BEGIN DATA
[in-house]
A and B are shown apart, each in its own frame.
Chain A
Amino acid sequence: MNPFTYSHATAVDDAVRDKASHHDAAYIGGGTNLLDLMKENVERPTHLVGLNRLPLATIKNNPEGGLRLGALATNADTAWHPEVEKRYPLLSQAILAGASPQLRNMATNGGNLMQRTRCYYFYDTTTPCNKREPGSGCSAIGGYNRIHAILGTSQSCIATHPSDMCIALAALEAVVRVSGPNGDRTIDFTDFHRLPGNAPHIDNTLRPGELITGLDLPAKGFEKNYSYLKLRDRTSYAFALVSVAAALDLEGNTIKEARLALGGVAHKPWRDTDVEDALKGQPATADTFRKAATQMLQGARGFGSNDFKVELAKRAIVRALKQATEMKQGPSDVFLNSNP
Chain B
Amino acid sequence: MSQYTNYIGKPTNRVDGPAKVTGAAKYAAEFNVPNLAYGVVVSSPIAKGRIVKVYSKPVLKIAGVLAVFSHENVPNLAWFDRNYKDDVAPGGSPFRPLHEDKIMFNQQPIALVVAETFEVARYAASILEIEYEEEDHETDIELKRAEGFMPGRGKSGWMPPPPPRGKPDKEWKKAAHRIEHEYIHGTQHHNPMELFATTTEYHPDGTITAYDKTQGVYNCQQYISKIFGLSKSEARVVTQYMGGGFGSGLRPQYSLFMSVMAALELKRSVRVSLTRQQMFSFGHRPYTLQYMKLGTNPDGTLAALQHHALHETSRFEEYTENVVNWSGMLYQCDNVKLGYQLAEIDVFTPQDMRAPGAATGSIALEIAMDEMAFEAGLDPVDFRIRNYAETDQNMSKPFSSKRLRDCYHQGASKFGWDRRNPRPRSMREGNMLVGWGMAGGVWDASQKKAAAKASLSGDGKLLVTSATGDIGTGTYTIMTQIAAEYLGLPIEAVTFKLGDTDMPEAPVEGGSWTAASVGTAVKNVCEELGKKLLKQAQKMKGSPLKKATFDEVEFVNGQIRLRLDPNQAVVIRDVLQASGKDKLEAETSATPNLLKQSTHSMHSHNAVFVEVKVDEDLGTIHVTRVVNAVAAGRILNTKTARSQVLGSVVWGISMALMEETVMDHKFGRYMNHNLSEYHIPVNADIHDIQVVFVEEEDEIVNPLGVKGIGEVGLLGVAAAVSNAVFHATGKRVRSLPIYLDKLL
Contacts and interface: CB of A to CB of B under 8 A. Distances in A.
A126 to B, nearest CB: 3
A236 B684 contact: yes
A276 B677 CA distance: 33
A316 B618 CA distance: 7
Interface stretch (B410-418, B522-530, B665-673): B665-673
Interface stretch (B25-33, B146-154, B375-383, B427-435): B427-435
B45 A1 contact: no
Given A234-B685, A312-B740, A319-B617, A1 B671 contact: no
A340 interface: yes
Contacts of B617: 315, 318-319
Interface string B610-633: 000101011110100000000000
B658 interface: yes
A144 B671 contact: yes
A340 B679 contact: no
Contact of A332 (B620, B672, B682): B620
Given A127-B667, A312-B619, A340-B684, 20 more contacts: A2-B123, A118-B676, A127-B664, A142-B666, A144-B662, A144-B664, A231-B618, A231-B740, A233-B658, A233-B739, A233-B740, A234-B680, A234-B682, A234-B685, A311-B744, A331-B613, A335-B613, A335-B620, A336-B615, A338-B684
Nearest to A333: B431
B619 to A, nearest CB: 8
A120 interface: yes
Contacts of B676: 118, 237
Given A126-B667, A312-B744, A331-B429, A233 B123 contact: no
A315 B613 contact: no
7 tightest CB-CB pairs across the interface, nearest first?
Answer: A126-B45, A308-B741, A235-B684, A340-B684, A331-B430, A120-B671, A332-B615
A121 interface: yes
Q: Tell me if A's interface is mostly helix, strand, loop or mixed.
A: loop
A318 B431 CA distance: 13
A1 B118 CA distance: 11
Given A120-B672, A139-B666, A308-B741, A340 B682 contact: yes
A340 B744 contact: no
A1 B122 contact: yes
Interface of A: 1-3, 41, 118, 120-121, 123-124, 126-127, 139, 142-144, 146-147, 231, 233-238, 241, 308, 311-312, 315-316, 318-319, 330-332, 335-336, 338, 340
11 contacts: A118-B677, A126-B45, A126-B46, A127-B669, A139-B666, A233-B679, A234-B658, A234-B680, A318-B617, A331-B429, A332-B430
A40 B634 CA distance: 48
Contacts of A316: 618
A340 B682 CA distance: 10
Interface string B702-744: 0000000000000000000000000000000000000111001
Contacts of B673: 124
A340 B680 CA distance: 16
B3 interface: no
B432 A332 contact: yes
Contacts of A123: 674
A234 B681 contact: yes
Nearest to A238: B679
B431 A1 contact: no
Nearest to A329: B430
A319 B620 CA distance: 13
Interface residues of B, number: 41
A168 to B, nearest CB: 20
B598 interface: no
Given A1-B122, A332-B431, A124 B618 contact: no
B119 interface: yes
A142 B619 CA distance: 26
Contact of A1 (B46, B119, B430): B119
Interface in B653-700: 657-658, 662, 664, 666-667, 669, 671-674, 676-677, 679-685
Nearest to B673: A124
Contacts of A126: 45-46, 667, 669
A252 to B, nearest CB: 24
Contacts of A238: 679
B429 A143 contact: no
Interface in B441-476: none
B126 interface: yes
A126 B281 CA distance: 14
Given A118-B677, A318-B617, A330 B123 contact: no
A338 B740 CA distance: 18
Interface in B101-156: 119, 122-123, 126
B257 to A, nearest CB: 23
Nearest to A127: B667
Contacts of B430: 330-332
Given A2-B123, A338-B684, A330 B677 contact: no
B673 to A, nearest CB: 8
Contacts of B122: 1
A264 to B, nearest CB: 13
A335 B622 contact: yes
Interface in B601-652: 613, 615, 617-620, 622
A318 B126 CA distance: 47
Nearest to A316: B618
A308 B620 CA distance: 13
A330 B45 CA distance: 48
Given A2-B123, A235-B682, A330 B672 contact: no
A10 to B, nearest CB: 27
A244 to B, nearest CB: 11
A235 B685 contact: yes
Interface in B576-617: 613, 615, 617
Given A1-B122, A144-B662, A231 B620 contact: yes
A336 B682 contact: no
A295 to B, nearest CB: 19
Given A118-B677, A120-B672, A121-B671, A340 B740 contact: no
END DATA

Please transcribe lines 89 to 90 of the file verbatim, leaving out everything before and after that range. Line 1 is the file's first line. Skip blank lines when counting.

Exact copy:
A10 to B, nearest CB: 27
A244 to B, nearest CB: 11